Source: National Ready Mixed Concrete Association, Silver Spring, Md.
In a recently issued final rule, the Federal Motor Carrier Safety Administration greatly restricts commercial vehicle drivers’ use of hand-held mobile phones, and exposes a) violators to maximum $2,750 fines and/or commercial driver’s license disqualification; and, b) vehicle-owning employers to maximum fines of $11,000 per violation.
“A motor carrier should have policies or practices that make clear [the company] does not allow or require hand-held mobile phone use while driving,” the rule notes, adding that carriers are responsible for drivers’ actions.
The rule is effective January 3 for interstate commerce, or subject to state implementation between then and 2015. Specific to mixer fleets, NRMCA Operations and Government Affairs staff notes, it prohibits, for voice or text communications, hand-held use of a cellular phone while driving a truck, whether in transit or “temporarily” stationary due to traffic control or other momentary delays. Drivers under these circumstances are permitted to use phones to “communicate with law enforcement officials or other emergency services.” Also in driving mode, the rule prohibits use of cellular phones’ push-to-talk function in lieu of a two-way radio, and to record odometer readings.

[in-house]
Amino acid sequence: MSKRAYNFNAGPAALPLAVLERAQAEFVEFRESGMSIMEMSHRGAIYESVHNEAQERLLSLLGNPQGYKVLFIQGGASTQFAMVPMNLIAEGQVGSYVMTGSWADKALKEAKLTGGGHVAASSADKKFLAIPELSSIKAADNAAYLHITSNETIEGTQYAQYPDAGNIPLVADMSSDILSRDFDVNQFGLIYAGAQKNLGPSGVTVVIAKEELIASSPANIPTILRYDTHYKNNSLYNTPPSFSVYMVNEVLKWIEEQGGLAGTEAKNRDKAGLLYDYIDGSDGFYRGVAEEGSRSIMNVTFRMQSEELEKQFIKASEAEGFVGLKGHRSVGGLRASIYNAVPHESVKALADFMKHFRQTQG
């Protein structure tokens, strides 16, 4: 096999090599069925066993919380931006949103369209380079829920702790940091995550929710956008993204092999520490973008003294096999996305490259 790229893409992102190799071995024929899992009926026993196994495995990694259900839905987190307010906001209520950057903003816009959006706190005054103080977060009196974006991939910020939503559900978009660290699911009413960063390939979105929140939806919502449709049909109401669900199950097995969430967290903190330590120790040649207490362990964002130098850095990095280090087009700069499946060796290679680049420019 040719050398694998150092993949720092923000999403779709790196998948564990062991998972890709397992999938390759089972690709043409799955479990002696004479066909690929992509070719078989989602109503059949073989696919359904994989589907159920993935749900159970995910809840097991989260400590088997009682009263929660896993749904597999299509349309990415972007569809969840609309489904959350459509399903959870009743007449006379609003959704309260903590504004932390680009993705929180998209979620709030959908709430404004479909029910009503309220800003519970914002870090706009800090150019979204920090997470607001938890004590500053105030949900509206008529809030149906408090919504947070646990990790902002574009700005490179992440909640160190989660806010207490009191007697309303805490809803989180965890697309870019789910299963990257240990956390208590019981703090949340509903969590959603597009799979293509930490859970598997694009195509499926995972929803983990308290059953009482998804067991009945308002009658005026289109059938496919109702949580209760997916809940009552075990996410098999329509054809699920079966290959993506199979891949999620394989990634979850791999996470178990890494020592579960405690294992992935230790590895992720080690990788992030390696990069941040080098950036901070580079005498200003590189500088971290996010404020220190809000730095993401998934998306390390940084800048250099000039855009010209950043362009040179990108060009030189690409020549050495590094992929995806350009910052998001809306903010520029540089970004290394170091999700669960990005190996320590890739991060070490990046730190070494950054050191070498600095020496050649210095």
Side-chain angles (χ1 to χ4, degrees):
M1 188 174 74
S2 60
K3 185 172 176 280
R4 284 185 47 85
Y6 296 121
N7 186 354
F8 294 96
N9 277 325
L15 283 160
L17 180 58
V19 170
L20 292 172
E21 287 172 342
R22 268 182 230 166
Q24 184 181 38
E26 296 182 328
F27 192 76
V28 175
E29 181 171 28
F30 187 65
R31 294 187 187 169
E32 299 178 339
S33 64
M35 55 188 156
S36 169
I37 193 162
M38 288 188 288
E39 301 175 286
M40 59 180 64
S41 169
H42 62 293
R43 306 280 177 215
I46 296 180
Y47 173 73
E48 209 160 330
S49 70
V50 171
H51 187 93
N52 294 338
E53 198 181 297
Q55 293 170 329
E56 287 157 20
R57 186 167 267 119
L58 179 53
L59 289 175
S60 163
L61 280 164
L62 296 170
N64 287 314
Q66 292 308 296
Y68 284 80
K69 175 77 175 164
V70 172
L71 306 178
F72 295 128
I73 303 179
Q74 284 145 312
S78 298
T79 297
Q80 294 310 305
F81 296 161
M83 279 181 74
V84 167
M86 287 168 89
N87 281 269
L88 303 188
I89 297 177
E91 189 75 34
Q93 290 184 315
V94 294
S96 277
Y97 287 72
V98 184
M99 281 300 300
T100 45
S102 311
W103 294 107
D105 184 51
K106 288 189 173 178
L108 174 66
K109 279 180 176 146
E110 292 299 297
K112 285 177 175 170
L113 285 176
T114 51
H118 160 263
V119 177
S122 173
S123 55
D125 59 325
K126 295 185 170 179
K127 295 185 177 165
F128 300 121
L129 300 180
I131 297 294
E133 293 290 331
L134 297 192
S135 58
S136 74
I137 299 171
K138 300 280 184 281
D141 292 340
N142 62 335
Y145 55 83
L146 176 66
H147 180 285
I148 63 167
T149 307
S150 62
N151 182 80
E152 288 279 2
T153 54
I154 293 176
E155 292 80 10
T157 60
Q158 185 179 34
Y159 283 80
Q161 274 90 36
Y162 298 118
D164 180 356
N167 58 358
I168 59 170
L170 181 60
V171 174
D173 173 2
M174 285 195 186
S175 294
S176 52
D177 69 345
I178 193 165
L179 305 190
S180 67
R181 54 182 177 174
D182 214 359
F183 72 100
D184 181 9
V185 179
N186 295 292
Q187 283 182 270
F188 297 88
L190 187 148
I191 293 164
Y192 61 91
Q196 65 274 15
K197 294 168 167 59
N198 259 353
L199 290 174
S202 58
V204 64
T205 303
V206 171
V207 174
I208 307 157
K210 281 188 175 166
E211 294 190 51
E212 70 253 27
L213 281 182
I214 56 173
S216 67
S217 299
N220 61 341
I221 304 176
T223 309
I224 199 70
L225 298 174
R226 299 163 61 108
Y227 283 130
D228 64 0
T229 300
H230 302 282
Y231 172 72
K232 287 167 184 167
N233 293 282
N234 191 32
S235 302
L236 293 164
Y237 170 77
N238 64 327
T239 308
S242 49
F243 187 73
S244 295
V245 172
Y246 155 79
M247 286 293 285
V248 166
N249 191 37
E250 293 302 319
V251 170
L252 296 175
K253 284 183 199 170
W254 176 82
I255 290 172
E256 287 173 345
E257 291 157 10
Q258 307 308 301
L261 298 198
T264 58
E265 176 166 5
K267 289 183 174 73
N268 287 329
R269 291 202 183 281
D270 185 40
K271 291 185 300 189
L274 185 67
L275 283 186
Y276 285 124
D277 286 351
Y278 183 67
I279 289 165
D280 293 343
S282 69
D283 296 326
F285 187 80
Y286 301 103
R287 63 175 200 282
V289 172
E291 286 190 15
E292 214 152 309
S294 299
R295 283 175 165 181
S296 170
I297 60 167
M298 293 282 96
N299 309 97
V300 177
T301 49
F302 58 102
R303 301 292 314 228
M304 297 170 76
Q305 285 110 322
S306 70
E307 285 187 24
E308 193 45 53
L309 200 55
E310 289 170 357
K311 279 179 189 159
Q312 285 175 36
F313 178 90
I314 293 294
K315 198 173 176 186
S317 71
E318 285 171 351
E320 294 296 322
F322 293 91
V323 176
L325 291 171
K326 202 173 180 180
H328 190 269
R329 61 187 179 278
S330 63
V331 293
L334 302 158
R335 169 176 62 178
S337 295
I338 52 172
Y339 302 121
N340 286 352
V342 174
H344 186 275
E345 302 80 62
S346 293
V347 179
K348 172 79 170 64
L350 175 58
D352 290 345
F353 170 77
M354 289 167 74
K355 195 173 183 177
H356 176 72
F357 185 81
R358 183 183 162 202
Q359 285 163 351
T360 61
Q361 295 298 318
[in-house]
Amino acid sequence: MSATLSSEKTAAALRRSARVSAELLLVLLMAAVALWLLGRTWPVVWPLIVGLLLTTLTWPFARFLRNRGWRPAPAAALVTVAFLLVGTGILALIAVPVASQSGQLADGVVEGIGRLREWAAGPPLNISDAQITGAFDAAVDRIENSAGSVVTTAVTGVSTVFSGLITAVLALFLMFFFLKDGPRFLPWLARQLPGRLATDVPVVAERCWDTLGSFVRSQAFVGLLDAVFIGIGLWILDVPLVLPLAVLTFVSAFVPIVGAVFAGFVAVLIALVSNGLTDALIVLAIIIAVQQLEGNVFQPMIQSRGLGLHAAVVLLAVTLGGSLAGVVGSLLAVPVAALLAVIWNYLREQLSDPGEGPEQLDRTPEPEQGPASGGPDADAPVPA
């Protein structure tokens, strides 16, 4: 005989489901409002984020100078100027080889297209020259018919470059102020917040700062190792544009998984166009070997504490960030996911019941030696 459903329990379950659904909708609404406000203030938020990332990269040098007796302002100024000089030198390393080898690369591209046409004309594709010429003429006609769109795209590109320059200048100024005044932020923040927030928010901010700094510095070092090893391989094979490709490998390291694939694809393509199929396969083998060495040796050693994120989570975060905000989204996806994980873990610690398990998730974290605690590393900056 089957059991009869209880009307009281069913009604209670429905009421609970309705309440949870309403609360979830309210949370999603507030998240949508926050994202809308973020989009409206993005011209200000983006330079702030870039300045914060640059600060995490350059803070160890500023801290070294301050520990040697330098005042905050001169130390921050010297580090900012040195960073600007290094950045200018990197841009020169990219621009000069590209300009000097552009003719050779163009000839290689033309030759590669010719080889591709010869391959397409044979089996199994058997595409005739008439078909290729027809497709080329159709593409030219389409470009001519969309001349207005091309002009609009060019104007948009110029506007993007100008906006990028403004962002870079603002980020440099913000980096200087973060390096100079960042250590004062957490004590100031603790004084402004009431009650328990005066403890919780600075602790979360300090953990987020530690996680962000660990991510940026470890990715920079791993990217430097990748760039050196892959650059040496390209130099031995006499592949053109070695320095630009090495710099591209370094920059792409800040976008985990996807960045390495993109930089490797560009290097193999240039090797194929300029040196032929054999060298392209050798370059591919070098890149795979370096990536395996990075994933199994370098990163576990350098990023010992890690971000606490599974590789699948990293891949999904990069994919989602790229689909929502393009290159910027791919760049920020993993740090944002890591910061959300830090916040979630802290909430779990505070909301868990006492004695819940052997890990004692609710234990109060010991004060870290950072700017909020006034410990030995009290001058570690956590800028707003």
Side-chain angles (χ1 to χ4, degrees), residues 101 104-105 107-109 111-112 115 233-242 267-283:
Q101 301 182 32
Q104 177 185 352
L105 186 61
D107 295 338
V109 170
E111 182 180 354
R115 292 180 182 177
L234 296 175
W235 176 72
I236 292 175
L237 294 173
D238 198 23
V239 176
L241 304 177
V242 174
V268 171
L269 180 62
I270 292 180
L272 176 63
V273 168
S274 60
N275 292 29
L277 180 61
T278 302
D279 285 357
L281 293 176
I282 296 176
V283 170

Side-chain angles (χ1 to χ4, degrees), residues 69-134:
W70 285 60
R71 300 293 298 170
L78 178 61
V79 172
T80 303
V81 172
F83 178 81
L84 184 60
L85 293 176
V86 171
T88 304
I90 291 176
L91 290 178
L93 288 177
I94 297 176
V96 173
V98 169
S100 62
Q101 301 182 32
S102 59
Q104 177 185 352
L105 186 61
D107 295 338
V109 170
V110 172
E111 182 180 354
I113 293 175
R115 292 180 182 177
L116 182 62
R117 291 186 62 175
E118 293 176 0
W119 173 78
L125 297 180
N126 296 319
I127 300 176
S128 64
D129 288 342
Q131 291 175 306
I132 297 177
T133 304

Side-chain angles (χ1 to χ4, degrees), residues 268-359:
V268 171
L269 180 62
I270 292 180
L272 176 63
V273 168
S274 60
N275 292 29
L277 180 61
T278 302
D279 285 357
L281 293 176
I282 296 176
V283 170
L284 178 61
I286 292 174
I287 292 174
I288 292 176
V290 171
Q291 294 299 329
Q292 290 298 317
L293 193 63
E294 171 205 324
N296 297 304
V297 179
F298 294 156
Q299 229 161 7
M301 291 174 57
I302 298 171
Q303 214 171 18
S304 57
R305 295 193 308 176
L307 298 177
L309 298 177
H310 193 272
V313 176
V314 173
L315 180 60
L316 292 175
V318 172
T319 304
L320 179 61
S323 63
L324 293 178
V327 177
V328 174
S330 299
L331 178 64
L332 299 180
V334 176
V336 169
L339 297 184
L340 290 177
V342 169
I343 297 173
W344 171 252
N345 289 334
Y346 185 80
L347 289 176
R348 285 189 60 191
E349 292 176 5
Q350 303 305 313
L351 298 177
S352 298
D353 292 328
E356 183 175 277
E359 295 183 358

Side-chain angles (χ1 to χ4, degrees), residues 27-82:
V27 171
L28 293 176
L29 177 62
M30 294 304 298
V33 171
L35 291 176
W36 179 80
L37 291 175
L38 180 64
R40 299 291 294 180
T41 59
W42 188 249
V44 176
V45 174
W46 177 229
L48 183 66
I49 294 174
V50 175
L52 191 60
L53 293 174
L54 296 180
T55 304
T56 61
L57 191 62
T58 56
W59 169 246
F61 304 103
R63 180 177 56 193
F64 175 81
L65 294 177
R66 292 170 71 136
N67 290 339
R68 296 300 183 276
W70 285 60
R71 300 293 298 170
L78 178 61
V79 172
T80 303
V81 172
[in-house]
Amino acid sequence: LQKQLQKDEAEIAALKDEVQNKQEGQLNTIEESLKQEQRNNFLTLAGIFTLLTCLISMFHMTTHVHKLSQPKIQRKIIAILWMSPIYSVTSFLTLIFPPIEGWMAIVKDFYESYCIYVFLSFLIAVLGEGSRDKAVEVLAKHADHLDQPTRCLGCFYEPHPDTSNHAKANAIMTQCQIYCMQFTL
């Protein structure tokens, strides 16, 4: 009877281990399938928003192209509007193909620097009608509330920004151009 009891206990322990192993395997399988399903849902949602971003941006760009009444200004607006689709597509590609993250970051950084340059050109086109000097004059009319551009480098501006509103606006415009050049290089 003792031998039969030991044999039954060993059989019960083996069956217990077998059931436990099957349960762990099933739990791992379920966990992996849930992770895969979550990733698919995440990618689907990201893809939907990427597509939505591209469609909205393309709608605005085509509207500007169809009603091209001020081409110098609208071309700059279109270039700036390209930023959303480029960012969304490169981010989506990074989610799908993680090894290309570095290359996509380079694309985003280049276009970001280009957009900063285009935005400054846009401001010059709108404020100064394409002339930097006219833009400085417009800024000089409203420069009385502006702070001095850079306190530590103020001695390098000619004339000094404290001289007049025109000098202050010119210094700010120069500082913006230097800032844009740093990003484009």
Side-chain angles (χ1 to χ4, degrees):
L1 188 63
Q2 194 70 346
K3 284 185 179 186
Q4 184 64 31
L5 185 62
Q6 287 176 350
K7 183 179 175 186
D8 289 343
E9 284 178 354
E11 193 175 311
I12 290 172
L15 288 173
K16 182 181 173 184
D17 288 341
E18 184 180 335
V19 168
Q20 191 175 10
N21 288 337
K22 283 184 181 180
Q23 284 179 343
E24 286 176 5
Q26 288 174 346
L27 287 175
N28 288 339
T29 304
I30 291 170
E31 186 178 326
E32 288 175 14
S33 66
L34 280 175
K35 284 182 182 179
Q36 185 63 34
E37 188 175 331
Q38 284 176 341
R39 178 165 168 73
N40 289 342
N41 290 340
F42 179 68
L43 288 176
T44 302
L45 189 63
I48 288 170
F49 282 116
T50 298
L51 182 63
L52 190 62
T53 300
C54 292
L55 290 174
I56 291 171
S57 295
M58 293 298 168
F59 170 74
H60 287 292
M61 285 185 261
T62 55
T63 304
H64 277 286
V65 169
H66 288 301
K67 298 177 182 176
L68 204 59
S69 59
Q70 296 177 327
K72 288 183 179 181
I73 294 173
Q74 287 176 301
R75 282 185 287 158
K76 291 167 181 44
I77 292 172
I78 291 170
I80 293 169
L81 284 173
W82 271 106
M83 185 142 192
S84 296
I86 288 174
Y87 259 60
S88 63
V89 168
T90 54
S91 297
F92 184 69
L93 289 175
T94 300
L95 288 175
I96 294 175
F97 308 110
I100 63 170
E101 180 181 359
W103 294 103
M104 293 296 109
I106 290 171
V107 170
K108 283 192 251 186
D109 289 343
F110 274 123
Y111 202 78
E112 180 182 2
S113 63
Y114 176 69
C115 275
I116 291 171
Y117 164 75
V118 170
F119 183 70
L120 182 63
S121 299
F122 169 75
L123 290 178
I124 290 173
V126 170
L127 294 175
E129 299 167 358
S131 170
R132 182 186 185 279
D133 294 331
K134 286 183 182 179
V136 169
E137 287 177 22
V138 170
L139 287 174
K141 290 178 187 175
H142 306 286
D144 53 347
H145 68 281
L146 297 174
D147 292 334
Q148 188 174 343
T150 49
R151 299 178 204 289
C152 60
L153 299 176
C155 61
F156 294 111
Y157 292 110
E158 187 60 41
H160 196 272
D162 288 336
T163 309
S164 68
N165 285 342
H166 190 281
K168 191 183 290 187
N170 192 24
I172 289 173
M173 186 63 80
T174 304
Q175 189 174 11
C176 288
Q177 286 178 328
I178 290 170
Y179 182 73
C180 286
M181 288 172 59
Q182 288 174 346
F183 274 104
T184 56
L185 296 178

In the final rule, FMCSA allows hand-held use of a cellular phone in an idling, parked or otherwise stationary mixer truck that is not on a roadway; use of two-way radios and walkie-talkies; hands-free devices or use of cellular phones’ speaker function while operating a mixer truck; and, single-button touching on a cellular phone to initiate, answer or terminate a call (i.e. voice activation, speed dialing, voice dialing, voice to text features).